The Lovings finally decided to fight in order to return to Virginia, but as the book points out, “by now it was 1966, and the time they were a-changin’.” Their case went to the Supreme Court, and while the state of Virginia argued against their marriage to “preserve the purity of the white race,” the court ruled in favor of the Lovings.
This is such a powerful book that shows how love can help us overcome most things. It takes time for “unconventional” ideas become commonplace. We don’t think about interracial marriage much anymore as the newer, historically unconventional marriage is same sex marriage. But it is important for our children to understand that it wasn’t so very long ago that it was considered illegal for a white man and black woman to get married.
I received this book from Scholastic Books as a part of the 2017 Multicultural Children’s Book Day.
I have been involved with Multicultural Children’s Book Day since it started. Having grown up in Los Angeles, surrounded by a diverse community, I never thought about the notion of being different. Now that I live in a small town in the south, I am much more aware just how hard it can be to be a minority and to be misunderstood. I have always tried to teach my daughters to love everyone and to believe that we are all one human race and that all of our histories and differences should be celebrated. I also know how important it is to be able to see yourself in the books you read, even more so when you are in the minority, so I look forward to this blogging event every year.
Multicultural Children’s Book Day 2017 (1/27/17) is in its fourth year and was founded by Valarie Budayr from Jump Into A Book and Mia Wenjen from PragmaticMom. Our mission is to raise awareness of the ongoing need to include kids’ books that celebrate diversity in home and school bookshelves while also working diligently to get more of these types of books into the hands of young readers, parents and educators.
Despite census data that shows 37% of the US population consists of people of color, only 10% of children’s books published have diversity content. Using the Multicultural Children’s Book Day holiday, the MCBD Team is on a mission to change all of that.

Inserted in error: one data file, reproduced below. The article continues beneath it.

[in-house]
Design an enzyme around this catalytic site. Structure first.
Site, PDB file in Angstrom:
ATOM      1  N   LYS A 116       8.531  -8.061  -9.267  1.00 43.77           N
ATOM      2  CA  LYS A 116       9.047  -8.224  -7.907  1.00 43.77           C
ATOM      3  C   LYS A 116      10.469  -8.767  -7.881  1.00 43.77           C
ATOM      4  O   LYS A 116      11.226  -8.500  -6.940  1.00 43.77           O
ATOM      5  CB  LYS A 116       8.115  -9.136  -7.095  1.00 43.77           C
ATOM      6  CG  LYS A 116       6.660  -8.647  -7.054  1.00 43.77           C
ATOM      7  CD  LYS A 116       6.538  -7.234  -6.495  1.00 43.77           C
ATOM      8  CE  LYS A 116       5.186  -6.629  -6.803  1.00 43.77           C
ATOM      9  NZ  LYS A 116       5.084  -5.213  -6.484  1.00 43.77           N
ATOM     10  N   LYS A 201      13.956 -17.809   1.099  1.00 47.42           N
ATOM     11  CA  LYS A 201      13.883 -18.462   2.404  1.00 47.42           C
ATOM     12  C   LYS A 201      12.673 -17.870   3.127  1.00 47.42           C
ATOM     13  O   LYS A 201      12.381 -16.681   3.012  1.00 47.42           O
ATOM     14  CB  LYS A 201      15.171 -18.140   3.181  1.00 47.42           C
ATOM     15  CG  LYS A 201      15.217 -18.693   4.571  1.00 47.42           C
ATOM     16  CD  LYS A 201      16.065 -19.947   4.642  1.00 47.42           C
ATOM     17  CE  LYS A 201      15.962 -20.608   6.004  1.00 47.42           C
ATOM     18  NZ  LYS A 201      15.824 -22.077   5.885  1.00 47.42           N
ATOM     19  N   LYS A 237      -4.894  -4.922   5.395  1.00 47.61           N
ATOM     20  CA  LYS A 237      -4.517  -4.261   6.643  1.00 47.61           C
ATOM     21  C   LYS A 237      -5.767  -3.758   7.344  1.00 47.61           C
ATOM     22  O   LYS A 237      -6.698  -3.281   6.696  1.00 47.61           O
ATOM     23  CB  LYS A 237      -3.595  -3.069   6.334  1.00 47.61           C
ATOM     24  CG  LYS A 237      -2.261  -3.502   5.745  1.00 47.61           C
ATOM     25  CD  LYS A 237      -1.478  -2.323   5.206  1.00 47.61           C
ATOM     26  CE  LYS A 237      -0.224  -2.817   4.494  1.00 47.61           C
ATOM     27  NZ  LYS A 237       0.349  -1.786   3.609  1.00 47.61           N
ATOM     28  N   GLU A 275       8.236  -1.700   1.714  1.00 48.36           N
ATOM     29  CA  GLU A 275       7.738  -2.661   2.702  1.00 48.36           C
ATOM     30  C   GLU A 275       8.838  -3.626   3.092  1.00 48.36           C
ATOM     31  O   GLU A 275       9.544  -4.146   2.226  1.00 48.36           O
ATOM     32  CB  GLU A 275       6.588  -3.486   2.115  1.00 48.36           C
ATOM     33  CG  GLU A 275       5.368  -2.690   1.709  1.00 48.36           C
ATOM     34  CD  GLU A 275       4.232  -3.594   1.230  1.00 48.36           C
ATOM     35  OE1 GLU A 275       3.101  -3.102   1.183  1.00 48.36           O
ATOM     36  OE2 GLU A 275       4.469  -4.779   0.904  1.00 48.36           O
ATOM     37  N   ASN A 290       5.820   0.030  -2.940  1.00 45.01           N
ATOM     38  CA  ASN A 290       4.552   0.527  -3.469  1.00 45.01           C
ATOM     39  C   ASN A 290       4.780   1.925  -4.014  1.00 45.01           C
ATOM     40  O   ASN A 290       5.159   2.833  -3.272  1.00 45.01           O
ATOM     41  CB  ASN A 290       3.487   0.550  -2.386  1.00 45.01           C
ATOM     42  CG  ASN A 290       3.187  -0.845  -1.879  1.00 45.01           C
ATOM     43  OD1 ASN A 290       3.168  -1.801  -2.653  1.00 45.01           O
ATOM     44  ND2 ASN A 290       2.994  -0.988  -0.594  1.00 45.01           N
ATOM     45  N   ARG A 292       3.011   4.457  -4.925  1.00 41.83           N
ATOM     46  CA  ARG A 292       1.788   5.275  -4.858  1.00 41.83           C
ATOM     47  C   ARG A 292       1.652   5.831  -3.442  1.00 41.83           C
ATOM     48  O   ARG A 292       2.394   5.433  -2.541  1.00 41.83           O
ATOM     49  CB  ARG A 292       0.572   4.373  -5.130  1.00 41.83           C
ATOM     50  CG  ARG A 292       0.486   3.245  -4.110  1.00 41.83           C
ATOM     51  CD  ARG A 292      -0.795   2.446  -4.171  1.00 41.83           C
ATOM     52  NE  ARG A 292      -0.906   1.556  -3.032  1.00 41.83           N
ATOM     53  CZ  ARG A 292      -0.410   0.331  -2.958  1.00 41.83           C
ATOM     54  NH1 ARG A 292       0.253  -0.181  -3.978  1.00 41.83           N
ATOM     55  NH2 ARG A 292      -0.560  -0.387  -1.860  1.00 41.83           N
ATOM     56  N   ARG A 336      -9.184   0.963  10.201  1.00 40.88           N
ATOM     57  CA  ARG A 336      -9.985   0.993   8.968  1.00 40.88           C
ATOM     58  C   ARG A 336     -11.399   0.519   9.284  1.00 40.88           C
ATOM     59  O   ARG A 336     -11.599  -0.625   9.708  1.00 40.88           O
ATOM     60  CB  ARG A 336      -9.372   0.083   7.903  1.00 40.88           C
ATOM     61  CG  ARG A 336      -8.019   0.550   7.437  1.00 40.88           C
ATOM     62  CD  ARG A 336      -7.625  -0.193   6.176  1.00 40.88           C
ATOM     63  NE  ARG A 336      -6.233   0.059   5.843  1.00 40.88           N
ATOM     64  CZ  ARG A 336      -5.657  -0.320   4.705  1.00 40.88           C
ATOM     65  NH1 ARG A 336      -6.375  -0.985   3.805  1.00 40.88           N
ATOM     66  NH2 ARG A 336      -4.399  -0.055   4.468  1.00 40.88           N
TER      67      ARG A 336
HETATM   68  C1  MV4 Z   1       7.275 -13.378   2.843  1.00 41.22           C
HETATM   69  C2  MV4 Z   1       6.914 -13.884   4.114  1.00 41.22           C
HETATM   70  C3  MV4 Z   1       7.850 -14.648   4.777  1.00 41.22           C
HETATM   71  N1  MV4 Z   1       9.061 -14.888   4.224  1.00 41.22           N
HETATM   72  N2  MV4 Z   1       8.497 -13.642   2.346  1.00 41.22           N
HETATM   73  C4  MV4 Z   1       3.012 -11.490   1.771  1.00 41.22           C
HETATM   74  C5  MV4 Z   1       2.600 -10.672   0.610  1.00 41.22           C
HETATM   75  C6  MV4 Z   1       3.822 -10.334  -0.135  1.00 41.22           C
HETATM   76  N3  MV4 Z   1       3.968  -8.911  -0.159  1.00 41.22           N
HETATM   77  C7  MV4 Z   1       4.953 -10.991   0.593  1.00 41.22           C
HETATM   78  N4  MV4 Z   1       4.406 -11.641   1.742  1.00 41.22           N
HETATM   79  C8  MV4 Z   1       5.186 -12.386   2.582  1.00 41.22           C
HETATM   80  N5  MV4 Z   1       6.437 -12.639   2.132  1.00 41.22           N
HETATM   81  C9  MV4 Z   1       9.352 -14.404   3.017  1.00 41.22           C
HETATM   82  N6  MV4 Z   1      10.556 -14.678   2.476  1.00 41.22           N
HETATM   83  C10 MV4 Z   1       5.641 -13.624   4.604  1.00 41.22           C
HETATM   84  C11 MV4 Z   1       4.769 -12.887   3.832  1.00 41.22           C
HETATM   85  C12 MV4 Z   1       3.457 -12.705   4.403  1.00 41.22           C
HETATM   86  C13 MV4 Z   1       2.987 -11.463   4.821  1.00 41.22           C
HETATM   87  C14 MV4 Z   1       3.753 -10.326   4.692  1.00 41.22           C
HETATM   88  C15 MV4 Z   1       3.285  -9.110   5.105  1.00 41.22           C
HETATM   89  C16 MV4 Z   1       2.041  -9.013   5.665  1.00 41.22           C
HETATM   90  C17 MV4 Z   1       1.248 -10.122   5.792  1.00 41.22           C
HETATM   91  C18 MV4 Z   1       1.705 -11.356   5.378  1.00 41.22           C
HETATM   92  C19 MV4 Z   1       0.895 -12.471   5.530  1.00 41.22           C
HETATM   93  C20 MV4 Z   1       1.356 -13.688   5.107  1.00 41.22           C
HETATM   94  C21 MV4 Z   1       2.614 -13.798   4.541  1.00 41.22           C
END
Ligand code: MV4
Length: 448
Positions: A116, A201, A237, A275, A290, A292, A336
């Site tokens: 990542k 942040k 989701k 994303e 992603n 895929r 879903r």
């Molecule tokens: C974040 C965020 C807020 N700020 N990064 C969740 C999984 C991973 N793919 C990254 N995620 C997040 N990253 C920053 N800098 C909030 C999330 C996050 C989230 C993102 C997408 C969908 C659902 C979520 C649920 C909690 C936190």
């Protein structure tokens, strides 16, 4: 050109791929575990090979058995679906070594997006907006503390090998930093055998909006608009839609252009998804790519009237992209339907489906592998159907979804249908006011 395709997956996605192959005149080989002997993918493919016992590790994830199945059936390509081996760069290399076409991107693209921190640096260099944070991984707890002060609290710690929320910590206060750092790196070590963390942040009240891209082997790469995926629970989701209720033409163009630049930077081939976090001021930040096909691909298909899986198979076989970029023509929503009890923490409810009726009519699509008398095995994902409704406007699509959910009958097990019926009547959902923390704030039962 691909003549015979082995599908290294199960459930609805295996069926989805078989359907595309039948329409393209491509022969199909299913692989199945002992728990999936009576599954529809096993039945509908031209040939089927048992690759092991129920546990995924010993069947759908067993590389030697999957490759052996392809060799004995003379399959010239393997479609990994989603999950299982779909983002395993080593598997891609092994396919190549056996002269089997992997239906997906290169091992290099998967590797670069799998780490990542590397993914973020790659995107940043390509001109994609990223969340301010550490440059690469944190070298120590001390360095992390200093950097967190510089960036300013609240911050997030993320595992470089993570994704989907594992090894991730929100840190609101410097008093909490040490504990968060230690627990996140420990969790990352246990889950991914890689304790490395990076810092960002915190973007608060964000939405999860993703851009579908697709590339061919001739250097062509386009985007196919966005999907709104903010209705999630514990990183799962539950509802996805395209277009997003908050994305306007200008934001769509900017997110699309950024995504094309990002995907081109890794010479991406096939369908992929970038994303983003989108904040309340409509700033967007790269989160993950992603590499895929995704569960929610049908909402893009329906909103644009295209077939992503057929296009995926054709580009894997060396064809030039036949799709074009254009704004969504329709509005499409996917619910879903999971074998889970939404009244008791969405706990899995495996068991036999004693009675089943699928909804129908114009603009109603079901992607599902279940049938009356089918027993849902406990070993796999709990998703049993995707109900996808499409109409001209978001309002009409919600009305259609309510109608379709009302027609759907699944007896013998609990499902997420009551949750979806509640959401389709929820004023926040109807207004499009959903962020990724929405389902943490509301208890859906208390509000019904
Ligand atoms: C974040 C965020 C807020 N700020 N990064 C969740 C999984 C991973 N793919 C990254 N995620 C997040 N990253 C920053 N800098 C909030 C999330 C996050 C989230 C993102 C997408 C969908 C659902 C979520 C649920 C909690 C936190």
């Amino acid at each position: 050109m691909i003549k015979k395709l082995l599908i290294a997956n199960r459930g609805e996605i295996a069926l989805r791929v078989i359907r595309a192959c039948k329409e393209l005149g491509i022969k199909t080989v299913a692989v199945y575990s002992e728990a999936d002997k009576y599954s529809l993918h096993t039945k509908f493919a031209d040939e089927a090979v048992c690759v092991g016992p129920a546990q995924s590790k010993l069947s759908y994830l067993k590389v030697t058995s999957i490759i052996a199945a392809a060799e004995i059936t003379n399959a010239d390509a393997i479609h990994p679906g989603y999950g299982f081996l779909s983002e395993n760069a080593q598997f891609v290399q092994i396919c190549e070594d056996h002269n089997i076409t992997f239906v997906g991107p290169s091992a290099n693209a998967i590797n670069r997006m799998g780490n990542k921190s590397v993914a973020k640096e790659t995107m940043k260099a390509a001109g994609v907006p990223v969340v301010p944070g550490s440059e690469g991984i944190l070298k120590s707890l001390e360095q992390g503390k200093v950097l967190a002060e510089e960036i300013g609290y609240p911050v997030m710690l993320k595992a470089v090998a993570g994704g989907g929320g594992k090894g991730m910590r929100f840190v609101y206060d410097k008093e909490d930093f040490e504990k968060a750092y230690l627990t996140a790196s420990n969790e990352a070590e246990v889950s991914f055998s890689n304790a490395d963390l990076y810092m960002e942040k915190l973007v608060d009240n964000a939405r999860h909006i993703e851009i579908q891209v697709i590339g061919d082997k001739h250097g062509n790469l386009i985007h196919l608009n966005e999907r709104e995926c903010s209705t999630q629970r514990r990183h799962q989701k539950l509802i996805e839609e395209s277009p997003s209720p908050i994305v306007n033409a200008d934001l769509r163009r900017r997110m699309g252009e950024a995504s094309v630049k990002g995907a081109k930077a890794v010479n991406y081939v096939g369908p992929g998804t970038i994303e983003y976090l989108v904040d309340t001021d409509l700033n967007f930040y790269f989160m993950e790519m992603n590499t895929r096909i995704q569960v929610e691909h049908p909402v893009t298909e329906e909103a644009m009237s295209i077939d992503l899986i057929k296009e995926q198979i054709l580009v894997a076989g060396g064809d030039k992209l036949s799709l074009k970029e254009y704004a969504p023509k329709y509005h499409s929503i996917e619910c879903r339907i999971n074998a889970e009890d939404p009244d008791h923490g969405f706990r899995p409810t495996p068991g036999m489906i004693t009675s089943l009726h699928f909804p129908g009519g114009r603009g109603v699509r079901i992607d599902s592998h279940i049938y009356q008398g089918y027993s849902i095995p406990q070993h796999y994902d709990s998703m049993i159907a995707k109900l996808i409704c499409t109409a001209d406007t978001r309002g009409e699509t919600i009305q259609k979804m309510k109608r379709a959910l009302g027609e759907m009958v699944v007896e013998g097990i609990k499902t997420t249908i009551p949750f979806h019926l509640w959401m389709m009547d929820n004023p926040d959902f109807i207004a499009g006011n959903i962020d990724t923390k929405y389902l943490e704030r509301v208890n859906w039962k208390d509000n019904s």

Current Sponsors: MCBD 2017 is honored to have some amazing Sponsors on board. Platinum Sponsors include Scholastic, Barefoot Books and Broccoli. Other Medallion Level Sponsors include heavy-hitters like Author Carole P. Roman, Audrey Press, Candlewick Press, Fathers Incorporated, KidLitTV, Capstone Young Readers, ChildsPlayUsa, Author Gayle Swift, Wisdom Tales Press, Lee& Low Books, The Pack-n-Go Girls, Live Oak Media, Author Charlotte Riggle, Chronicle Books and Pomelo Books
Author Sponsor include: Karen Leggett Abouraya, Veronica Appleton, Susan Bernardo, Kathleen Burkinshaw, Delores Connors, Maria Dismondy, D.G. Driver, Geoff Griffin, Savannah Hendricks, Stephen Hodges, Carmen Bernier-Grand,Vahid Imani, Gwen Jackson, Hena, Kahn, David Kelly, Mariana Llanos, Natasha Moulton-Levy, Teddy O’Malley, Stacy McAnulty, Cerece Murphy, Miranda Paul, Annette Pimentel, Greg Ransom, Sandra Richards, Elsa Takaoka, Graciela Tiscareño-Sato, Sarah Stevenson, Monica Mathis-Stowe SmartChoiceNation, Andrea Y. Wang
We’d like to also give a shout-out to MCBD’s impressive CoHost Team who not only hosts the book review link-up on celebration day, but who also works tirelessly to spread the word of this event. View our CoHosts HERE.
MCBD Links to remember:
MCBD site: http://multiculturalchildrensbookday.com/
Free Multicultural Books for Teachers: http://bit.ly/1kGZrta
Free Kindness Classroom Kit for Homeschoolers, Organizations, Librarians and Educators: http://multiculturalchildrensbookday.com/teachers-classroom-kindness-kit/
Free Diversity Book Lists and Activities for Teachers and Parents: http://bit.ly/1sZ5s8i
Hashtag: Don’t forget to connect with us on social media and be sure and look for/use their official hashtag #ReadYourWorld.